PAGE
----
“The scene was stunning.”

Here is the NC Spin description of a recent debate in the North Carolina legislature:

There’s something exciting happening in North Carolina: Young, liberal African-American politicians are breaking away from teachers’ unions to support school choice.

“If you are able to look at a poor parent in the face, and you know that they don’t have the same opportunities as someone that lives across town, and say, ‘Yes, ma’am, I know that that school isn’t working for your child, but you live in that zip code and you must stay there’ — if you’re prepared to call that Democratic or progressive ideals, I’d like to challenge you on that,” a North Carolina legislator said recently while speaking in favor of a school voucher bill.

The speaker continued, “I will stand up here and fight for my constituents to have equal access and equal opportunity to choose their schools.”

To say the scene was stunning would be an understatement.

A Democratic member of the North Carolina General Assembly had just stared down the North Carolina Association of Educators (NCAE) — the education establishment and the core of the Democratic Party.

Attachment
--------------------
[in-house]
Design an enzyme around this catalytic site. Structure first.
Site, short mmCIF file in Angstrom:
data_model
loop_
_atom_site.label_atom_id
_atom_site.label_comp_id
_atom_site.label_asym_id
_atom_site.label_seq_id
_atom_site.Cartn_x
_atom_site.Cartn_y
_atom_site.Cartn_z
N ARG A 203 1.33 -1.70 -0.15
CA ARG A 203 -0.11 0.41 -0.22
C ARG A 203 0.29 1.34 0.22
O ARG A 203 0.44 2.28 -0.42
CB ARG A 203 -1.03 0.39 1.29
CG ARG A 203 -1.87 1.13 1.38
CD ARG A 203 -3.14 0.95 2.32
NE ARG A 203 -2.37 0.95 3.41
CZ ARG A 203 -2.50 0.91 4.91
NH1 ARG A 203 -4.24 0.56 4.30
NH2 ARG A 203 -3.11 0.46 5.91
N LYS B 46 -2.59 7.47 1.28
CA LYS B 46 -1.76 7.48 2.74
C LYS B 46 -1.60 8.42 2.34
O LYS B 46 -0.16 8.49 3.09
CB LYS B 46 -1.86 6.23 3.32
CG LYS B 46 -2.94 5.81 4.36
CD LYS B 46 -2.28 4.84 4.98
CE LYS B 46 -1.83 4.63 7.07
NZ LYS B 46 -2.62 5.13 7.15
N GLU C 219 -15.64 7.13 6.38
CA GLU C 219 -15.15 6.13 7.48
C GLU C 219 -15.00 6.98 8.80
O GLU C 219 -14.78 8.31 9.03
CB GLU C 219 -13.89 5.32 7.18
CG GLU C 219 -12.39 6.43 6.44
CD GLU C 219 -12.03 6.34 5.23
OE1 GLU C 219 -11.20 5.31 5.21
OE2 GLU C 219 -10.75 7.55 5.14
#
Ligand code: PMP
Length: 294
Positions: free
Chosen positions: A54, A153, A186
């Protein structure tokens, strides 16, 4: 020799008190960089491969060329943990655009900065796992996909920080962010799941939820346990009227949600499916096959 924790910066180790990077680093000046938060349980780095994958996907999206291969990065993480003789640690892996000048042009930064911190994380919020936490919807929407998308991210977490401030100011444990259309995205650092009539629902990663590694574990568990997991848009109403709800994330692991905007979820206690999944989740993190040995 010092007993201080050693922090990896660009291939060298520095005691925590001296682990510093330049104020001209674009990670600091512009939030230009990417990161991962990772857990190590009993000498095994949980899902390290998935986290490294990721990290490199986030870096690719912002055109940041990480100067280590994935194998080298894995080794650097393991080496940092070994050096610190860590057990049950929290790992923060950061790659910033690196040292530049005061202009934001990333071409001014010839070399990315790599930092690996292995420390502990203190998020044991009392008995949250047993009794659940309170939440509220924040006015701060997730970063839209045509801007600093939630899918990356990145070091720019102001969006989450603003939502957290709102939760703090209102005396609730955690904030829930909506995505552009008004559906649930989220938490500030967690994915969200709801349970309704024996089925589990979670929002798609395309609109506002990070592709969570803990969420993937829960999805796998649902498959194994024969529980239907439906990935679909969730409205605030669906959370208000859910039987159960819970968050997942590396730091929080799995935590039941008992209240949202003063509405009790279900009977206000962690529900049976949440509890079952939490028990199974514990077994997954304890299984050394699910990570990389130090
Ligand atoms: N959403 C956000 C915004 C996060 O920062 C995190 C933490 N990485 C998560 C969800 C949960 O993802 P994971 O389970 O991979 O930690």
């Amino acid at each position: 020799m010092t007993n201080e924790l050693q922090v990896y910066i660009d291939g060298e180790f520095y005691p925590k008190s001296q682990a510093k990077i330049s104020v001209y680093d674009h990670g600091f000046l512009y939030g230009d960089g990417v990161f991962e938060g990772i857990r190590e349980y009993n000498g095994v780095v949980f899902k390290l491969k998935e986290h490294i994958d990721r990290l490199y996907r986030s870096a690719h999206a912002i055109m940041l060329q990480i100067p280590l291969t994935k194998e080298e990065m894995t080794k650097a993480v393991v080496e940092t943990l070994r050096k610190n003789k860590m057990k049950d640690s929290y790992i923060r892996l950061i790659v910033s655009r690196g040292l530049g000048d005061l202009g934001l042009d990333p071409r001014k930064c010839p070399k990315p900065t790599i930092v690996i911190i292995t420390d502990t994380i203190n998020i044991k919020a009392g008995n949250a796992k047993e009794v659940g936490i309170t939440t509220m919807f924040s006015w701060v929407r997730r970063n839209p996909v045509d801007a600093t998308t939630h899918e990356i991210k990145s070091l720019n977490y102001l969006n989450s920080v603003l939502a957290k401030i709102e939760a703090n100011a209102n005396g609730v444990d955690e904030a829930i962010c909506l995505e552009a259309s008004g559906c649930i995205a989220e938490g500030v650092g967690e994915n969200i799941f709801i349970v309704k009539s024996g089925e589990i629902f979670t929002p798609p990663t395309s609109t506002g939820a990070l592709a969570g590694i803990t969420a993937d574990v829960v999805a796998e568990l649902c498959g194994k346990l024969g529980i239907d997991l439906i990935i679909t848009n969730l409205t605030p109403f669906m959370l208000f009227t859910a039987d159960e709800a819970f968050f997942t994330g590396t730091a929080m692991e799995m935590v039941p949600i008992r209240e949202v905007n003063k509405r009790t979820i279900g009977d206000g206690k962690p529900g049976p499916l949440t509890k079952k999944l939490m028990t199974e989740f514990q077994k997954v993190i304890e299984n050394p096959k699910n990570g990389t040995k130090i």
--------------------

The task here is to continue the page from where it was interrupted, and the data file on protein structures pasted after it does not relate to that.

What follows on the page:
This scene was truly stunning; but not because an African-American legislator “stared down the North Carolina Association of Educators (NCAE).” It was stunning because of the ignorance it represents:

  1. Some state legislatures equalize funding, so children living in property poor districts have close to the same educational opportunities as children living in property rich districts.
  2. North Carolina’s legislature does not (which he acknowledged) because of legislators like him.